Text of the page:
Mumbai's Historical Churches, Mumbai

Mumbai's Historical Churches (Self Guided), Mumbai

The seven islands making up Mumbai were originally home to the communities of the Marathi language-speaking Koli people whose main religion is Hindu. Under the Mughal Imperial rule, Mumbai adopted Islam, so today roughly 20% of the local population are Muslims.

When the Portuguese took over the city in 1534, they actively enforced the Roman Catholic order, later followed by the British who continued to spread Christianity throughout the region. In 1832, the Jews fleeing from prosecution in Baghdad came to settle in the city, introducing Judaism. As a result, nowadays you can find different religions co-existing peacefully in Mumbai side by side.

The ancient Mumba Devi Temple, dedicated to the patron goddess of Mumbai, after whom the city gets its name, has been a focal point of worship for centuries, attracting devotees seeking blessings and protection.

The Jumma Masjid, situated amid the bustling Crawford Market area, is one of Mumbai's oldest mosques. Its impressive Mughal architecture and serene ambiance make it a significant religious landmark for the local Muslim community.

Meanwhile, Saint Thomas' Cathedral, situated in the Colaba area, is one of Mumbai's oldest English buildings and serves as the seat of the Diocese of Mumbai. This Neo-Gothic-style cathedral is a symbol of Mumbai's colonial past and offers a peaceful retreat from the city's bustling streets.

Nestled in the heart of Kala Ghoda, the Keneseth Eliyahoo Synagogue is a magnificent example of Jewish architecture in Mumbai. With its grand facade and beautifully adorned interiors, it stands as a testament to the Jewish community's historical presence in the city.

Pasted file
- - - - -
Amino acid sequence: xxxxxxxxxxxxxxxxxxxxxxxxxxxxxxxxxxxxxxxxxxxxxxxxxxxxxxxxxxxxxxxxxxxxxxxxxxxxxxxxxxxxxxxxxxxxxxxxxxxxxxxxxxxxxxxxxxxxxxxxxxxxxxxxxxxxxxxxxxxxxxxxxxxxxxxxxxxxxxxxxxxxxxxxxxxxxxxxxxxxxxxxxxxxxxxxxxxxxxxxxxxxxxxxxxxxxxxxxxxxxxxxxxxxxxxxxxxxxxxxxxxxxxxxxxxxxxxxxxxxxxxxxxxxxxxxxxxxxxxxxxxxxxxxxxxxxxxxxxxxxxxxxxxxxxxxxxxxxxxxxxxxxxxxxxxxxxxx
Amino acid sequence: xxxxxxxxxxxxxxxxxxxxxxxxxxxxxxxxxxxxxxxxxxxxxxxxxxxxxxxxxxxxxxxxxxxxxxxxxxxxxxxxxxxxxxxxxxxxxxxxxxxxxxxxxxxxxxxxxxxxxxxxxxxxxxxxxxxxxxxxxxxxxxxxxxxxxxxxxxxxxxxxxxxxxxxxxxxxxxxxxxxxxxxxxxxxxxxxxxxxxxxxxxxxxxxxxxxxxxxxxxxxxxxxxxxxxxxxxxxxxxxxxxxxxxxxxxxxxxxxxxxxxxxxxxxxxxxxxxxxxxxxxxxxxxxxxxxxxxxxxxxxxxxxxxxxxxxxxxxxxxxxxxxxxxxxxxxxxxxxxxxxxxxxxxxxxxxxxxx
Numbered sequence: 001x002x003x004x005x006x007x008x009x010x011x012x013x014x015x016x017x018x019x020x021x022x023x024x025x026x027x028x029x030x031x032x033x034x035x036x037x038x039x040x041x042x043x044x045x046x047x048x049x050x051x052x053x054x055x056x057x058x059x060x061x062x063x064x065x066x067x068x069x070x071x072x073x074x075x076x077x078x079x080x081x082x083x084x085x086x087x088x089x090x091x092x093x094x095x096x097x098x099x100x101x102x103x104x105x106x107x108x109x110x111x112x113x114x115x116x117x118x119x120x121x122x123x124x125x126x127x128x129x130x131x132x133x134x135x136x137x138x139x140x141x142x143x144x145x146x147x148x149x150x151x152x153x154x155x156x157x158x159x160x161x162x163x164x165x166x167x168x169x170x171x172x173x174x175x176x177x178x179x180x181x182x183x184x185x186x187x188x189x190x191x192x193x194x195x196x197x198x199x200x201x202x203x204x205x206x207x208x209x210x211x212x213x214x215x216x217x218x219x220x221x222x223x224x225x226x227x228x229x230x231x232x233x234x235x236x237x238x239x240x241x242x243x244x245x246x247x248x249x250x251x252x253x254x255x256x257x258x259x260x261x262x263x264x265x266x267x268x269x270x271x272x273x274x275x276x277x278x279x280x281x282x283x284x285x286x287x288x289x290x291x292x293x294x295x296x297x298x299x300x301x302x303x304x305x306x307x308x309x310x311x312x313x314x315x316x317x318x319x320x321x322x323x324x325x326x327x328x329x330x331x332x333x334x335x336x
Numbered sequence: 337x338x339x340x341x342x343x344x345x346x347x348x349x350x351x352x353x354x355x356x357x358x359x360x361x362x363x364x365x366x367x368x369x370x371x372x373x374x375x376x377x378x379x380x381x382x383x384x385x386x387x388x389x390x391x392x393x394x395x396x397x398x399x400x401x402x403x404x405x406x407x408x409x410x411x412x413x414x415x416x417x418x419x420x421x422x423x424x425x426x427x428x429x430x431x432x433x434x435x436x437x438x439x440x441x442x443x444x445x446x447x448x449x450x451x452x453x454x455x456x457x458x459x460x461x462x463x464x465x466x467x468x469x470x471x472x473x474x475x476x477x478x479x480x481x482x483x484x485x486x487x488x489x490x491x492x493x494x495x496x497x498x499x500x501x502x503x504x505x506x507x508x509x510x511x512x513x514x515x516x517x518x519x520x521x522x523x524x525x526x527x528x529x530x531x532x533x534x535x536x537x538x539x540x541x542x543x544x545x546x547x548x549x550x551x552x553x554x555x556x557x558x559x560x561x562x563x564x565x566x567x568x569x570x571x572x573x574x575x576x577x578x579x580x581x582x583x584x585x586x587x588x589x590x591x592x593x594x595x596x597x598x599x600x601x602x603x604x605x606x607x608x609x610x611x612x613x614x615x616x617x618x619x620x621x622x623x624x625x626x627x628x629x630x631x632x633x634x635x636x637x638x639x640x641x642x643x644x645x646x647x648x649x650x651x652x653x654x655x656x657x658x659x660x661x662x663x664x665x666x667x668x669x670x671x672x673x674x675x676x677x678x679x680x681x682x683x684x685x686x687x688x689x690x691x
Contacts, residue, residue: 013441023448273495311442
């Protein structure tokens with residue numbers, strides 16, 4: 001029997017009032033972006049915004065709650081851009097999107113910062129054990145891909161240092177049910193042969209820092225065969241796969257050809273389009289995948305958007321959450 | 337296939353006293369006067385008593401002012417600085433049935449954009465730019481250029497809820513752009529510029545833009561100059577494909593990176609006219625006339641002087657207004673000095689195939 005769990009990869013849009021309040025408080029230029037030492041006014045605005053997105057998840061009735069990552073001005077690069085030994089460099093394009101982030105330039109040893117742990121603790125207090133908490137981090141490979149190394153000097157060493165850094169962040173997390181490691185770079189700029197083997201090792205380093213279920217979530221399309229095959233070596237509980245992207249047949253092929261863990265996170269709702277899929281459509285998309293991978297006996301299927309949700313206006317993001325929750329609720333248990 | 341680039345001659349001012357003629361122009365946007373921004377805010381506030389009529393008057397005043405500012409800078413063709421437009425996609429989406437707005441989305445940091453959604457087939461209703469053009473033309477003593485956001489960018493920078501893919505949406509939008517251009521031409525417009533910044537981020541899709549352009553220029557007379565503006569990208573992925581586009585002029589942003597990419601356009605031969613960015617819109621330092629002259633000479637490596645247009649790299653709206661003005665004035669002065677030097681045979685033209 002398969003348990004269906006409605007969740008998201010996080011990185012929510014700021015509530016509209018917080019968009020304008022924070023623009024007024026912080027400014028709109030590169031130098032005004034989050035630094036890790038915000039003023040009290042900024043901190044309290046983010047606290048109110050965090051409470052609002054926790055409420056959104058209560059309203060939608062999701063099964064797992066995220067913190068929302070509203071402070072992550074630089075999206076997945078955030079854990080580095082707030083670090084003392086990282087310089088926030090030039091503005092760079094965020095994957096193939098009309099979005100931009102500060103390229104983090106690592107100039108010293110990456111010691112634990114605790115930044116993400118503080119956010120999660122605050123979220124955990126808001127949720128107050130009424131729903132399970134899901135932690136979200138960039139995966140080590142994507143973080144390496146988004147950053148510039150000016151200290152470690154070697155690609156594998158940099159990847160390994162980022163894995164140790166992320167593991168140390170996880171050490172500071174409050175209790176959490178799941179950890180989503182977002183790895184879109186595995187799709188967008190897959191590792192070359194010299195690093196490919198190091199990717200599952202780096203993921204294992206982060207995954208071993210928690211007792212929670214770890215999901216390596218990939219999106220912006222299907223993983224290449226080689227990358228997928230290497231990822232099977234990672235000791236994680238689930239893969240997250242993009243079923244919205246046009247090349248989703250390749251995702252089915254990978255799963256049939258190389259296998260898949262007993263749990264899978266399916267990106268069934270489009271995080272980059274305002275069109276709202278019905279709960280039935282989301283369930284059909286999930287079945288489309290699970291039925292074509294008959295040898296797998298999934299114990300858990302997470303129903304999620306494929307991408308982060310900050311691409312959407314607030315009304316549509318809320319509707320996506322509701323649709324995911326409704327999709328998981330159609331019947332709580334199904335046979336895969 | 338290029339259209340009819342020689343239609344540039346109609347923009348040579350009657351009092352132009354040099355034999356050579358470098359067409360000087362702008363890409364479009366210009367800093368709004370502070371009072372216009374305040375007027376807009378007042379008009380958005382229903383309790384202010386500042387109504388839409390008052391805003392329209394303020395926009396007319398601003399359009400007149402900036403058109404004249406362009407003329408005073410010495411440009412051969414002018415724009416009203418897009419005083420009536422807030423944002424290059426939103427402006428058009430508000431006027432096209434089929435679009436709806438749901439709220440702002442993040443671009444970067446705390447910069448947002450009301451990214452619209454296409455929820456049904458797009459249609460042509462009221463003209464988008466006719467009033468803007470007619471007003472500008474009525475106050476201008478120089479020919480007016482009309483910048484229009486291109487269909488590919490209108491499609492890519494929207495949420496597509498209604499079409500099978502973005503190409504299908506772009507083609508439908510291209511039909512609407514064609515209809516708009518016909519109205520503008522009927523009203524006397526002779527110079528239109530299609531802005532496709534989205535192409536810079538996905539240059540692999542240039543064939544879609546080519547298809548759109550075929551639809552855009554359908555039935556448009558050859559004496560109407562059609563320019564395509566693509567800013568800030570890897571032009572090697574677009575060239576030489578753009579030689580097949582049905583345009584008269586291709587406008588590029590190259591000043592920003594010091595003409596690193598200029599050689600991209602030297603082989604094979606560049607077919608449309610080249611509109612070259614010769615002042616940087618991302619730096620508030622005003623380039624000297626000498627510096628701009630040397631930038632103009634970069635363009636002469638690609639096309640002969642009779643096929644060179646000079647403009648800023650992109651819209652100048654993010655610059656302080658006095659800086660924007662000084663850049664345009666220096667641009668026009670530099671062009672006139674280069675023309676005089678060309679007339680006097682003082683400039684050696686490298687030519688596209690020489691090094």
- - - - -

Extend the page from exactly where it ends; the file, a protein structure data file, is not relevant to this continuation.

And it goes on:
On the other hand, the Holy Name Cathedral, located in Colaba, is a stunning Catholic church that reflects the influence of Portuguese architecture. It is a place of solace and spirituality for the city's Catholic population, with its beautifully adorned interiors and serene atmosphere.

These sacred sites invite you to learn, appreciate, and respect the various faiths that coexist harmoniously in this dynamic Indian metropolis. Mumbai's history and spirituality are intricately intertwined in these hallowed grounds, and your visit here will undoubtedly leave you with a deeper appreciation for the city's vibrant tapestry of faiths and traditions.
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Mumbai's Historical Churches Map

Guide Name: Mumbai's Historical Churches
Guide Location: India » Mumbai (See other walking tours in Mumbai)
Guide Type: Self-guided Walking Tour (Sightseeing)
# of Attractions: 5
Tour Duration: 2 Hour(s)
Travel Distance: 3.8 Km or 2.4 Miles
Author: naomi
Sight(s) Featured in This Guide:
  • Mumba Devi Temple
  • Jumma Masjid
  • Saint Thomas' Cathedral
  • Keneseth Eliyahoo Synagogue
  • Holy Name Cathedral
Mumba Devi Temple

1) Mumba Devi Temple

The city of Bombay only recently was rechristened Mumbai. The name Mumbai comes from the goddess Mumba Devi, the patron goddess of the city. Her temple is visited daily by many devotees as well as tourists who are interested in the city’s history.